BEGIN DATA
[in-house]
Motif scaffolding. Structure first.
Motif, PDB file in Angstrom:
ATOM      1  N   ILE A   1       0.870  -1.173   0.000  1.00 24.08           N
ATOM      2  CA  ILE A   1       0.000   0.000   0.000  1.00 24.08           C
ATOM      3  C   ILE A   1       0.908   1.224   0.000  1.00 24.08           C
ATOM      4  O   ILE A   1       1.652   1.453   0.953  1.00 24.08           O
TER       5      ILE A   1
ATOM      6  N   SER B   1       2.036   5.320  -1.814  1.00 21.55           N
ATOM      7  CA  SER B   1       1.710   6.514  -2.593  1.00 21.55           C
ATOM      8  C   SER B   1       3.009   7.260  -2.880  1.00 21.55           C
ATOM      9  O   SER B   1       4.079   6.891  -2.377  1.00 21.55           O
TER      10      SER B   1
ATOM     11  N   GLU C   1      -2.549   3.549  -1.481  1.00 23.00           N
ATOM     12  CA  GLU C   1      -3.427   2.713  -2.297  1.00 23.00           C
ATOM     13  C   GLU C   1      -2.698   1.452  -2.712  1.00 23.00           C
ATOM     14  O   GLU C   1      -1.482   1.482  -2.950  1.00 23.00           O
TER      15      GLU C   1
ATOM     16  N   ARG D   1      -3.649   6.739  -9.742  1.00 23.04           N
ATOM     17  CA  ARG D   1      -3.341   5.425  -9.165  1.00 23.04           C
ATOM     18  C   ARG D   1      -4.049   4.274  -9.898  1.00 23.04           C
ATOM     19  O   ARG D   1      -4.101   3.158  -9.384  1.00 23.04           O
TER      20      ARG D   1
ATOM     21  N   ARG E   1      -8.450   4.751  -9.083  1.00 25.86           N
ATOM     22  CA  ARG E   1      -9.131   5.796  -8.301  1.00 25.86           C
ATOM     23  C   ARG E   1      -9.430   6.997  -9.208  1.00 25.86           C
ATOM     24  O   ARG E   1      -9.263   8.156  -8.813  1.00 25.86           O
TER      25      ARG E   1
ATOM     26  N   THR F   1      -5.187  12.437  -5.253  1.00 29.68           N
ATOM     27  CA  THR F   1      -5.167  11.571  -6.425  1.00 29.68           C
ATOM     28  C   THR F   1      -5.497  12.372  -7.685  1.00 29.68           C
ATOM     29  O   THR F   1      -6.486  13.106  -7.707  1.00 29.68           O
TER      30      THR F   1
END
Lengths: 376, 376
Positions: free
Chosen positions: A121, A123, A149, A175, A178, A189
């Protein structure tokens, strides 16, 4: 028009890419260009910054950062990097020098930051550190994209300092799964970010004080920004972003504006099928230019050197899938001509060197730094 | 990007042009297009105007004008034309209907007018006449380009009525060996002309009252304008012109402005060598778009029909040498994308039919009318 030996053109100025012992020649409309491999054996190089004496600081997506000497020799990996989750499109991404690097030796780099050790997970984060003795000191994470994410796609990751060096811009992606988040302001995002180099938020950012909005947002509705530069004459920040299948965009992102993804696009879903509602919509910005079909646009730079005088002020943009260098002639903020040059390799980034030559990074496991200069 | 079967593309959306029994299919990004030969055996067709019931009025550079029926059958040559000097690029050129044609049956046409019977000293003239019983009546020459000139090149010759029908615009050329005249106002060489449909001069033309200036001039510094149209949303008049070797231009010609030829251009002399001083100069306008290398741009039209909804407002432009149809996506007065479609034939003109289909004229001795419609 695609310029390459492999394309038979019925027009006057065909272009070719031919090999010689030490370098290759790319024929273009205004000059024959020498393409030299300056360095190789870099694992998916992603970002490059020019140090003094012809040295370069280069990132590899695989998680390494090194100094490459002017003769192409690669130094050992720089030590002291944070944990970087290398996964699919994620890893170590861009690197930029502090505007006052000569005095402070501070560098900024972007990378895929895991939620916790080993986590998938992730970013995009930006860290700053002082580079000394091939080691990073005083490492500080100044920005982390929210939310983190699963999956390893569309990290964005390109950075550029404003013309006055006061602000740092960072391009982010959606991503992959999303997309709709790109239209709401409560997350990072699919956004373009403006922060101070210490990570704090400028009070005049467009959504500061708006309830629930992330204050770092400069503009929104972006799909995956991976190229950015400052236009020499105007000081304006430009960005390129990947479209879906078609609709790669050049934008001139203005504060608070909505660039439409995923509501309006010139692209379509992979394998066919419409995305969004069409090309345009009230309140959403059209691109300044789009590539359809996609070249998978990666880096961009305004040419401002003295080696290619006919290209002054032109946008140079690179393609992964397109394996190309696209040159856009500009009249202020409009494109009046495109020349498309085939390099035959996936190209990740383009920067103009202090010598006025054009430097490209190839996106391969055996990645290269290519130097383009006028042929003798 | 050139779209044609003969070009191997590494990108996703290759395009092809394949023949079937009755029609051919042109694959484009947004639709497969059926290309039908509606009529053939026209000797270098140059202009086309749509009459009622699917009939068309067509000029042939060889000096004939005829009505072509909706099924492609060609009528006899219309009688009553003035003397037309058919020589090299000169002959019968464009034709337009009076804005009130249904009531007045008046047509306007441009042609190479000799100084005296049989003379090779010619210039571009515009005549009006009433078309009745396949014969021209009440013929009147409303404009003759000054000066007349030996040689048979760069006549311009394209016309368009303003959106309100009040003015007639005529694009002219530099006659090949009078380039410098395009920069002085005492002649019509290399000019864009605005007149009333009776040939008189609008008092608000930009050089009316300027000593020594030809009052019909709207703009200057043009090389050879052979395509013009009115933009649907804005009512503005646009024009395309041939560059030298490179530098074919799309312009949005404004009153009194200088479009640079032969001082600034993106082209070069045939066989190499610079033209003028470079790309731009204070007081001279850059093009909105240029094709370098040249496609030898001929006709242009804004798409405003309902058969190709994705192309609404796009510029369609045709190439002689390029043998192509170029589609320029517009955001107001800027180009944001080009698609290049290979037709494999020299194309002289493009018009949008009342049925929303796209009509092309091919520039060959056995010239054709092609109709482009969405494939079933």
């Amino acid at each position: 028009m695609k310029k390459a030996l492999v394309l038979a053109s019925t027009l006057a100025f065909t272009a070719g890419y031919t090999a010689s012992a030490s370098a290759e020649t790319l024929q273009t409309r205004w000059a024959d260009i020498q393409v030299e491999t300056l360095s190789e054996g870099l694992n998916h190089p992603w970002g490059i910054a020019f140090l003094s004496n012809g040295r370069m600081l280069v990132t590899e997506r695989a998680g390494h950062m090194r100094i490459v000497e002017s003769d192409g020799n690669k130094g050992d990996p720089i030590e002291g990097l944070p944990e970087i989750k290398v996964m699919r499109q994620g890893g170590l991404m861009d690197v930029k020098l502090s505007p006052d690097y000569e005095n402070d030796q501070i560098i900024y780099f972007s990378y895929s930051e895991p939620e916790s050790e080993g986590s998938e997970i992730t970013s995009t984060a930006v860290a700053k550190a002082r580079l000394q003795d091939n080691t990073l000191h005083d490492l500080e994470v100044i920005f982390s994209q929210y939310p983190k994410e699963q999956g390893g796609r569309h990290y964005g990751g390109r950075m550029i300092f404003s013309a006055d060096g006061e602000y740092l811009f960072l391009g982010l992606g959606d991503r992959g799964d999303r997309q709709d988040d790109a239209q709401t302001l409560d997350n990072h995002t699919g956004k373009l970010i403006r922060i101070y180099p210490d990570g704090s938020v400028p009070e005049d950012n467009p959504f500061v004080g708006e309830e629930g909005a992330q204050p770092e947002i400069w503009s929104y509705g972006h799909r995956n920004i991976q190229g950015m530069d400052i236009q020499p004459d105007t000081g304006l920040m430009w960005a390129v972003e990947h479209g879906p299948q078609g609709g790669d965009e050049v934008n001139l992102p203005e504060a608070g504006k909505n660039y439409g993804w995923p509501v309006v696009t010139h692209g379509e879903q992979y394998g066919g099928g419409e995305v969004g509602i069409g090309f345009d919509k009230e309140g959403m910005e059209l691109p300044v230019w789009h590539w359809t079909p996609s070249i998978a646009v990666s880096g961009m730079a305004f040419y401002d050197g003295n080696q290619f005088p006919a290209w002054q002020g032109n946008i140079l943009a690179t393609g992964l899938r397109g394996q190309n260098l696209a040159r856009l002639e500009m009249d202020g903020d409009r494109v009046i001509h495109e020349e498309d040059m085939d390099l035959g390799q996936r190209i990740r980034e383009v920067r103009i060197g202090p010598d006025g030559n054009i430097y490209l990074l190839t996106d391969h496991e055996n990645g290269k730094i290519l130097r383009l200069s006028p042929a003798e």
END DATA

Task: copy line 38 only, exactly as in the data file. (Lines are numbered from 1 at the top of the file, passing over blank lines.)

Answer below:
């Protein structure tokens, strides 16, 4: 028009890419260009910054950062990097020098930051550190994209300092799964970010004080920004972003504006099928230019050197899938001509060197730094 | 990007042009297009105007004008034309209907007018006449380009009525060996002309009252304008012109402005060598778009029909040498994308039919009318 030996053109100025012992020649409309491999054996190089004496600081997506000497020799990996989750499109991404690097030796780099050790997970984060003795000191994470994410796609990751060096811009992606988040302001995002180099938020950012909005947002509705530069004459920040299948965009992102993804696009879903509602919509910005079909646009730079005088002020943009260098002639903020040059390799980034030559990074496991200069 | 079967593309959306029994299919990004030969055996067709019931009025550079029926059958040559000097690029050129044609049956046409019977000293003239019983009546020459000139090149010759029908615009050329005249106002060489449909001069033309200036001039510094149209949303008049070797231009010609030829251009002399001083100069306008290398741009039209909804407002432009149809996506007065479609034939003109289909004229001795419609 695609310029390459492999394309038979019925027009006057065909272009070719031919090999010689030490370098290759790319024929273009205004000059024959020498393409030299300056360095190789870099694992998916992603970002490059020019140090003094012809040295370069280069990132590899695989998680390494090194100094490459002017003769192409690669130094050992720089030590002291944070944990970087290398996964699919994620890893170590861009690197930029502090505007006052000569005095402070501070560098900024972007990378895929895991939620916790080993986590998938992730970013995009930006860290700053002082580079000394091939080691990073005083490492500080100044920005982390929210939310983190699963999956390893569309990290964005390109950075550029404003013309006055006061602000740092960072391009982010959606991503992959999303997309709709790109239209709401409560997350990072699919956004373009403006922060101070210490990570704090400028009070005049467009959504500061708006309830629930992330204050770092400069503009929104972006799909995956991976190229950015400052236009020499105007000081304006430009960005390129990947479209879906078609609709790669050049934008001139203005504060608070909505660039439409995923509501309006010139692209379509992979394998066919419409995305969004069409090309345009009230309140959403059209691109300044789009590539359809996609070249998978990666880096961009305004040419401002003295080696290619006919290209002054032109946008140079690179393609992964397109394996190309696209040159856009500009009249202020409009494109009046495109020349498309085939390099035959996936190209990740383009920067103009202090010598006025054009430097490209190839996106391969055996990645290269290519130097383009006028042929003798 | 050139779209044609003969070009191997590494990108996703290759395009092809394949023949079937009755029609051919042109694959484009947004639709497969059926290309039908509606009529053939026209000797270098140059202009086309749509009459009622699917009939068309067509000029042939060889000096004939005829009505072509909706099924492609060609009528006899219309009688009553003035003397037309058919020589090299000169002959019968464009034709337009009076804005009130249904009531007045008046047509306007441009042609190479000799100084005296049989003379090779010619210039571009515009005549009006009433078309009745396949014969021209009440013929009147409303404009003759000054000066007349030996040689048979760069006549311009394209016309368009303003959106309100009040003015007639005529694009002219530099006659090949009078380039410098395009920069002085005492002649019509290399000019864009605005007149009333009776040939008189609008008092608000930009050089009316300027000593020594030809009052019909709207703009200057043009090389050879052979395509013009009115933009649907804005009512503005646009024009395309041939560059030298490179530098074919799309312009949005404004009153009194200088479009640079032969001082600034993106082209070069045939066989190499610079033209003028470079790309731009204070007081001279850059093009909105240029094709370098040249496609030898001929006709242009804004798409405003309902058969190709994705192309609404796009510029369609045709190439002689390029043998192509170029589609320029517009955001107001800027180009944001080009698609290049290979037709494999020299194309002289493009018009949008009342049925929303796209009509092309091919520039060959056995010239054709092609109709482009969405494939079933």